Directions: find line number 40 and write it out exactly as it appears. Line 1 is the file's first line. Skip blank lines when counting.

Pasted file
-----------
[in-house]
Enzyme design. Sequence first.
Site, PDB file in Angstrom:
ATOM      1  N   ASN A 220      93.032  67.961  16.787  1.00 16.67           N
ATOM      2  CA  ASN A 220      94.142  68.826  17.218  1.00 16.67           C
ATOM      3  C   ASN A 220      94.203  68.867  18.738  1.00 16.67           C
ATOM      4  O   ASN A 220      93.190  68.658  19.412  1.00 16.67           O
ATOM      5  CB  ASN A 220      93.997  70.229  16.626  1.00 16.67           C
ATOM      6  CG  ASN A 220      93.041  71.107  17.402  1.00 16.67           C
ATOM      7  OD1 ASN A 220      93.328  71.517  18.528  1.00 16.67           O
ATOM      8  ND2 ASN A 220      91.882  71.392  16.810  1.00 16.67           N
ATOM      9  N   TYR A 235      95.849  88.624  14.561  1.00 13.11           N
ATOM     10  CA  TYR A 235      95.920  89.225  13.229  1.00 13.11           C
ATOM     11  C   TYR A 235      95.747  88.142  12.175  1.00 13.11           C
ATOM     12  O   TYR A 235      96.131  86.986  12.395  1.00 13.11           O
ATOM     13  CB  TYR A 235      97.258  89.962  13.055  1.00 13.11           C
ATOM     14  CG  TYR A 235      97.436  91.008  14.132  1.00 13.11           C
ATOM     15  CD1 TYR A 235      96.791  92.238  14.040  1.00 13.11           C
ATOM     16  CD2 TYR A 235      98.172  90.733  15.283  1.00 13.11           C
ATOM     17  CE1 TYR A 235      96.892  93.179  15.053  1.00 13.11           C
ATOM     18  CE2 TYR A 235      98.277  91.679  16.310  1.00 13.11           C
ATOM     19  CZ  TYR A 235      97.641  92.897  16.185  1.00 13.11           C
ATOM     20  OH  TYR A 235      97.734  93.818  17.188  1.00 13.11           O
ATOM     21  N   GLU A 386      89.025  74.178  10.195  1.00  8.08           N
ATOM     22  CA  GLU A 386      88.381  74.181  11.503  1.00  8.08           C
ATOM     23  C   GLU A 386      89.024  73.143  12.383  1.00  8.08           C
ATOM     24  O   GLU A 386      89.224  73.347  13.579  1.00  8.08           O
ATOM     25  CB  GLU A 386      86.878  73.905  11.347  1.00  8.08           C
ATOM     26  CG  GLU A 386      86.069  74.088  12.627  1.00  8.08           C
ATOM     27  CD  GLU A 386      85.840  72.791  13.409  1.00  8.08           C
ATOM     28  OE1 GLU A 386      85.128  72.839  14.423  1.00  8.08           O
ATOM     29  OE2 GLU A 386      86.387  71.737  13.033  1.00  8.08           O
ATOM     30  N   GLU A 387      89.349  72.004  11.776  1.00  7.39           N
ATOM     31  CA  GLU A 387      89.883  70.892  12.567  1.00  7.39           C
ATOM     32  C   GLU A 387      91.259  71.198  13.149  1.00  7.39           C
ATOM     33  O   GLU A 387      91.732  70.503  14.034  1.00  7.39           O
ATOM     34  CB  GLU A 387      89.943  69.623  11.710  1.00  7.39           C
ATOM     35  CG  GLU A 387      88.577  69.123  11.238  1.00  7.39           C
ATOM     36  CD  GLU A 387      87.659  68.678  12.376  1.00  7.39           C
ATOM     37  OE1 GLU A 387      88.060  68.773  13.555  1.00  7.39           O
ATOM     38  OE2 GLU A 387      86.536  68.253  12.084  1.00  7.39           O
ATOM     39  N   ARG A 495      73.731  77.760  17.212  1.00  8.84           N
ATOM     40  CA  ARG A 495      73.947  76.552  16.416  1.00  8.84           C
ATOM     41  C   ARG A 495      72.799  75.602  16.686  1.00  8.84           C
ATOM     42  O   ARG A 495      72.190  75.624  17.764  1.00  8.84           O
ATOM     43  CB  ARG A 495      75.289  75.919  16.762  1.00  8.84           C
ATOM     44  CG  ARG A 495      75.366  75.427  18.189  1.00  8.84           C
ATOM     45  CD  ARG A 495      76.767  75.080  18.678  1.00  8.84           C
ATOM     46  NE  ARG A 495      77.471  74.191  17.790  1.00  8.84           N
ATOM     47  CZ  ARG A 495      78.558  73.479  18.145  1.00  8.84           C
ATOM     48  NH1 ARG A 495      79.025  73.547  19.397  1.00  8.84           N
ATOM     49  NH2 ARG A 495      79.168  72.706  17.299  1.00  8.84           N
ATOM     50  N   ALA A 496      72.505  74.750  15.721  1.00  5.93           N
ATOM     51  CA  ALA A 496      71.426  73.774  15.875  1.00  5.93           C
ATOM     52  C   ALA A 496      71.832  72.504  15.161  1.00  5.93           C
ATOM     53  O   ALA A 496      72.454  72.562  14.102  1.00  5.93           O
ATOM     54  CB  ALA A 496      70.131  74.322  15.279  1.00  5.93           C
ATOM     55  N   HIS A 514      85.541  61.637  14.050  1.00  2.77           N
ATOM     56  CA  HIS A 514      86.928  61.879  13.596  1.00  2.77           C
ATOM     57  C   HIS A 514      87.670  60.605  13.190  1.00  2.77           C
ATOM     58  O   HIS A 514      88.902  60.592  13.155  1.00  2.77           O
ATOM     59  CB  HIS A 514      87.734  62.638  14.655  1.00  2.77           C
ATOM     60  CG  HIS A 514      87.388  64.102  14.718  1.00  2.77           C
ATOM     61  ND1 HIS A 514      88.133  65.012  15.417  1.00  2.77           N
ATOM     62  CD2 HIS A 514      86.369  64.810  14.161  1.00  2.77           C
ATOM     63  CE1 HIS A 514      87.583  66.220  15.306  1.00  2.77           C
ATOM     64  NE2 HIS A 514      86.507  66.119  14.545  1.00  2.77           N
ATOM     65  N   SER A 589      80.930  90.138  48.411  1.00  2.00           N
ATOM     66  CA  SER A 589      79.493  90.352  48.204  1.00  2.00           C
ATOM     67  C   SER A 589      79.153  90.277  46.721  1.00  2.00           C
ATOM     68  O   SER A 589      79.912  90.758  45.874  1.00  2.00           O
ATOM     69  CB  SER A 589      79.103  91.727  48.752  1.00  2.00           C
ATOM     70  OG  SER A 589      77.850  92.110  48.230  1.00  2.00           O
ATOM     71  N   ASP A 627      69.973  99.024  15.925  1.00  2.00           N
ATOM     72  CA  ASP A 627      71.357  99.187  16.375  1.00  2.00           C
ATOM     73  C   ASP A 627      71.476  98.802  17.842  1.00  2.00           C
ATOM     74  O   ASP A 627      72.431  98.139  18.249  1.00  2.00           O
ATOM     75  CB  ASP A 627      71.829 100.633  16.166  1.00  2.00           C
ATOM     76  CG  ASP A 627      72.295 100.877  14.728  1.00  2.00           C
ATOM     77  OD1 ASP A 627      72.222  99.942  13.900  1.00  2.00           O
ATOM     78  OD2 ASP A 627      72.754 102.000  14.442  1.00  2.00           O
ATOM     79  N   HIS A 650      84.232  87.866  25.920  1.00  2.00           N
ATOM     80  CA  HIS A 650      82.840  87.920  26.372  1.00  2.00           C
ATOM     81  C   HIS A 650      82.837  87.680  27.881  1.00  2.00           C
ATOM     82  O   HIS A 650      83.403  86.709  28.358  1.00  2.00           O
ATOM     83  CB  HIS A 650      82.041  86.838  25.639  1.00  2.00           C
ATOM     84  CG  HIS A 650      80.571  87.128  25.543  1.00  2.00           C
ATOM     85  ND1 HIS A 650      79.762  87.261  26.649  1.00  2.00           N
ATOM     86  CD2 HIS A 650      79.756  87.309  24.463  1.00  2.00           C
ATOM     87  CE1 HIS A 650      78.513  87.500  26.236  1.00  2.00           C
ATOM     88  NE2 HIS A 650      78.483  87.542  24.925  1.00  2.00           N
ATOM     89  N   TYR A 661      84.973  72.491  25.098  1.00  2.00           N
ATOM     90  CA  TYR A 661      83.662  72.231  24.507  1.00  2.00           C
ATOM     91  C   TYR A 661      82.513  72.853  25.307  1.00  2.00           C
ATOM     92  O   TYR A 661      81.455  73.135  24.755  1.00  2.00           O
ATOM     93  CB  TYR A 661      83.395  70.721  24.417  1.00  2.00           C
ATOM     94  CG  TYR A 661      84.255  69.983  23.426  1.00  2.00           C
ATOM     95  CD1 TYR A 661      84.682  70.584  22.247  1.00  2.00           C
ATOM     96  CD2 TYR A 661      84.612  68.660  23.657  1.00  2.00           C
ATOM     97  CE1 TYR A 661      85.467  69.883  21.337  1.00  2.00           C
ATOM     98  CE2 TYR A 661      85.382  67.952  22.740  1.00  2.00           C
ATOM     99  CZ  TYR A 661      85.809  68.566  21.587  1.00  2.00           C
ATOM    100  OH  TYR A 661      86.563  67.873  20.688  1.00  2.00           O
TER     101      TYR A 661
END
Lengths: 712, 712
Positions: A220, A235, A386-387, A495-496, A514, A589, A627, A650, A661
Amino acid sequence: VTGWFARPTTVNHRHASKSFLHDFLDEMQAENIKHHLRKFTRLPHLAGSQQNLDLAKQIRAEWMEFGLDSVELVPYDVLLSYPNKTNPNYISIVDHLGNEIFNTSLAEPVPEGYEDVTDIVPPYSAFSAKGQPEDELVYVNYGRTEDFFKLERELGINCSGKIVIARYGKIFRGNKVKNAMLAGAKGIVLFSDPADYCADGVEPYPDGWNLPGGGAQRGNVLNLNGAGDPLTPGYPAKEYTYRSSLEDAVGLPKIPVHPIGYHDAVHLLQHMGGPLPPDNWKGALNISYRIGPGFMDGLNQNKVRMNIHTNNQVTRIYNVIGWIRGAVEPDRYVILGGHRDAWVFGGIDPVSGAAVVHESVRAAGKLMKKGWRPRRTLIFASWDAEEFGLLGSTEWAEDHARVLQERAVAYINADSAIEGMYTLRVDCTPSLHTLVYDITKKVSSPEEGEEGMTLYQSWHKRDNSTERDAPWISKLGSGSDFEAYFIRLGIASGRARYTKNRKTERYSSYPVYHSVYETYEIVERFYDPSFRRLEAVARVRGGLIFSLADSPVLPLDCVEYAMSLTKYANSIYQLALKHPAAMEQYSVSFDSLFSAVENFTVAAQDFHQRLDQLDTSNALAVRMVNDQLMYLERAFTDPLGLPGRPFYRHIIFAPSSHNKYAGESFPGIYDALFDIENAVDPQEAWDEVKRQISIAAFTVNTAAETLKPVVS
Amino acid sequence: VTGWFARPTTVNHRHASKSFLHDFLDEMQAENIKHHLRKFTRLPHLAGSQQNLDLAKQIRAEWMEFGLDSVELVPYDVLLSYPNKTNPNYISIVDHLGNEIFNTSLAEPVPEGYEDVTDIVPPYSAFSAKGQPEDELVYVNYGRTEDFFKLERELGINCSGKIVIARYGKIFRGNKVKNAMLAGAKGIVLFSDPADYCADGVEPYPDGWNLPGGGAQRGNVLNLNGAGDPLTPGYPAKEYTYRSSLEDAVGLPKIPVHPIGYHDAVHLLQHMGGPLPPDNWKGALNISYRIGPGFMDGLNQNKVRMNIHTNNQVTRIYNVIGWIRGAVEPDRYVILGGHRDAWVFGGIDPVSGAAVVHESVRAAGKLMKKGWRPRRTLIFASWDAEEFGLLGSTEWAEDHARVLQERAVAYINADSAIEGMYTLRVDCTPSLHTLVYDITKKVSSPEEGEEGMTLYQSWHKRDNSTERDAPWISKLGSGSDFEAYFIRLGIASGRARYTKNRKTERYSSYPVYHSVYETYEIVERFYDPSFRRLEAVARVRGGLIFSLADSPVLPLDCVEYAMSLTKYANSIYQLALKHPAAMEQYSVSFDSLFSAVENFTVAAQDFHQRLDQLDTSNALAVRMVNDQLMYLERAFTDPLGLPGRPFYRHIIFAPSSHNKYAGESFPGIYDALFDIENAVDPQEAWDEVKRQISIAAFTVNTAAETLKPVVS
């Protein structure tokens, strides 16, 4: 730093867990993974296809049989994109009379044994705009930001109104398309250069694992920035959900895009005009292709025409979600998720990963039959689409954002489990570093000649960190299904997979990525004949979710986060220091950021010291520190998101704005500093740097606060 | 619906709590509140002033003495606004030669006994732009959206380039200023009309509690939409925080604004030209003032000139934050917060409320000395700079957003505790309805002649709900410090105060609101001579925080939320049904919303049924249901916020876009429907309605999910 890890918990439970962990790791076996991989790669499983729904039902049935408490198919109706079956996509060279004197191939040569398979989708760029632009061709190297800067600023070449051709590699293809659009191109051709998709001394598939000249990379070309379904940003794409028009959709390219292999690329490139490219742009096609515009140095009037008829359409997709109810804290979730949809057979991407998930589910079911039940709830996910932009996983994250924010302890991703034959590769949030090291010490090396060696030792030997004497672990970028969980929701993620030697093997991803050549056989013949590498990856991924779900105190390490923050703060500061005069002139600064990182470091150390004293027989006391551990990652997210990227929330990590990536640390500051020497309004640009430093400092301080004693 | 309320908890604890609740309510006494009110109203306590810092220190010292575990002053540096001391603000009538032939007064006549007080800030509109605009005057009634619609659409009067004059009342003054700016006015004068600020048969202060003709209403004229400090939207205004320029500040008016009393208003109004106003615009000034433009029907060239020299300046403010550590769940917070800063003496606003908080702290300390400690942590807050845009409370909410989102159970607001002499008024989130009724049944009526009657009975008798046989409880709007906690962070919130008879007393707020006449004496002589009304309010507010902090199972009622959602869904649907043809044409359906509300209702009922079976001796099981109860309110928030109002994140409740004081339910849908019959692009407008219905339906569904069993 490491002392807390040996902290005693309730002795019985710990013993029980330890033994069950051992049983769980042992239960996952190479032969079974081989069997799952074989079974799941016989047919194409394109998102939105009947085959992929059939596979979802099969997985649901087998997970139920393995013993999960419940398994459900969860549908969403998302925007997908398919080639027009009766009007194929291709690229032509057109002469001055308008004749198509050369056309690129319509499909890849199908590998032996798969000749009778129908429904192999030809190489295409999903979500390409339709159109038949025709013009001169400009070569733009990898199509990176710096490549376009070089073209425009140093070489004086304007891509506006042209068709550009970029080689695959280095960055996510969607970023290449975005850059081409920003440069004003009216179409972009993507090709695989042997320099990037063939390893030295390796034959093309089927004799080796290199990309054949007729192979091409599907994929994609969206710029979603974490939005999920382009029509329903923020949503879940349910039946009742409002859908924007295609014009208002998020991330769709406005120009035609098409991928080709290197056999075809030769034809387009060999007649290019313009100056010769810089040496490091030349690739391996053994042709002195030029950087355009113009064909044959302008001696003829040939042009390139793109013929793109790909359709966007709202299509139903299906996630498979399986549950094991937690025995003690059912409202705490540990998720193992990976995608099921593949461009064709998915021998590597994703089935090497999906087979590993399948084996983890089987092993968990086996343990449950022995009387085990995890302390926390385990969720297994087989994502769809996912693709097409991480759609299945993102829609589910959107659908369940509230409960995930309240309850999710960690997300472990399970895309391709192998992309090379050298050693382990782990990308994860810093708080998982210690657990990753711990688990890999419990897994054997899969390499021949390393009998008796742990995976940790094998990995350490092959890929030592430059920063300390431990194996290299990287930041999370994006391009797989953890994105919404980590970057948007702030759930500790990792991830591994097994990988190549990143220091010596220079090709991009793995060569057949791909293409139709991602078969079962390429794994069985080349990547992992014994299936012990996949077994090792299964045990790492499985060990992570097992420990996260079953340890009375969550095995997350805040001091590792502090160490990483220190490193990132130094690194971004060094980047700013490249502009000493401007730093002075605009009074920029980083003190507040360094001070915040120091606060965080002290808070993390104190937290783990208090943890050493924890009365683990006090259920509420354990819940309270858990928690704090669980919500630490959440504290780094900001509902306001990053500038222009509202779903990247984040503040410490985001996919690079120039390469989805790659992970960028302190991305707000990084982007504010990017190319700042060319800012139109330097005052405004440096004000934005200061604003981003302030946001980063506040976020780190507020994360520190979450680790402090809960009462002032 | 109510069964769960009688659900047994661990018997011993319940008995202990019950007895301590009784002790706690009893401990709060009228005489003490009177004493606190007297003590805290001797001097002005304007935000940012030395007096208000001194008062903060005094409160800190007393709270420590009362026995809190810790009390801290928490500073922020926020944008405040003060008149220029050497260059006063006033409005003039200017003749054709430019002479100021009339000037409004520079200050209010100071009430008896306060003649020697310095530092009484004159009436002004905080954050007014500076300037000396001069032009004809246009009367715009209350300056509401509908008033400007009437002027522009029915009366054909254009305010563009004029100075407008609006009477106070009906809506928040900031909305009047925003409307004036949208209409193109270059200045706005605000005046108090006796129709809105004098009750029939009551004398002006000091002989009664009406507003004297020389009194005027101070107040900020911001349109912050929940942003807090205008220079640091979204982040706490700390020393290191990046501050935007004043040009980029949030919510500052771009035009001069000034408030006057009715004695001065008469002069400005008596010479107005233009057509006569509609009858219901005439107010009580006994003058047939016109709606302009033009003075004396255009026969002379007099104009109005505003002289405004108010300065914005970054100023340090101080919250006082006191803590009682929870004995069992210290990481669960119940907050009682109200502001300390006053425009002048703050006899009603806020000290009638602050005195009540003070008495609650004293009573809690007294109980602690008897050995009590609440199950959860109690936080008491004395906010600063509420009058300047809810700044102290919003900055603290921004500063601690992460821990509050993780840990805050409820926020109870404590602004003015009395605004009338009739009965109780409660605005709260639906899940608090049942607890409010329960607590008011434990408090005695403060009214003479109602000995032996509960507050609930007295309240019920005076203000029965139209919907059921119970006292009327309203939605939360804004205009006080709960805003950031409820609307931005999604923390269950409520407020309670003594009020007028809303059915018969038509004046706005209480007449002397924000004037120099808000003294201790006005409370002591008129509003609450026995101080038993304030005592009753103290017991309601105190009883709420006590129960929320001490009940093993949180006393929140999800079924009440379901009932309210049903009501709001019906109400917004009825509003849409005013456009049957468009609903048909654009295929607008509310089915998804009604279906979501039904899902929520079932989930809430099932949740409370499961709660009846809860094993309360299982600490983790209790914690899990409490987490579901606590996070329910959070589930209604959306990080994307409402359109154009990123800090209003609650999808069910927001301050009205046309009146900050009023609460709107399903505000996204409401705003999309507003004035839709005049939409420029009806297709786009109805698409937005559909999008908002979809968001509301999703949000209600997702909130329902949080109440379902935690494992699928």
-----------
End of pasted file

ATOM     37  OE1 GLU A 387      88.060  68.773  13.555  1.00  7.39           O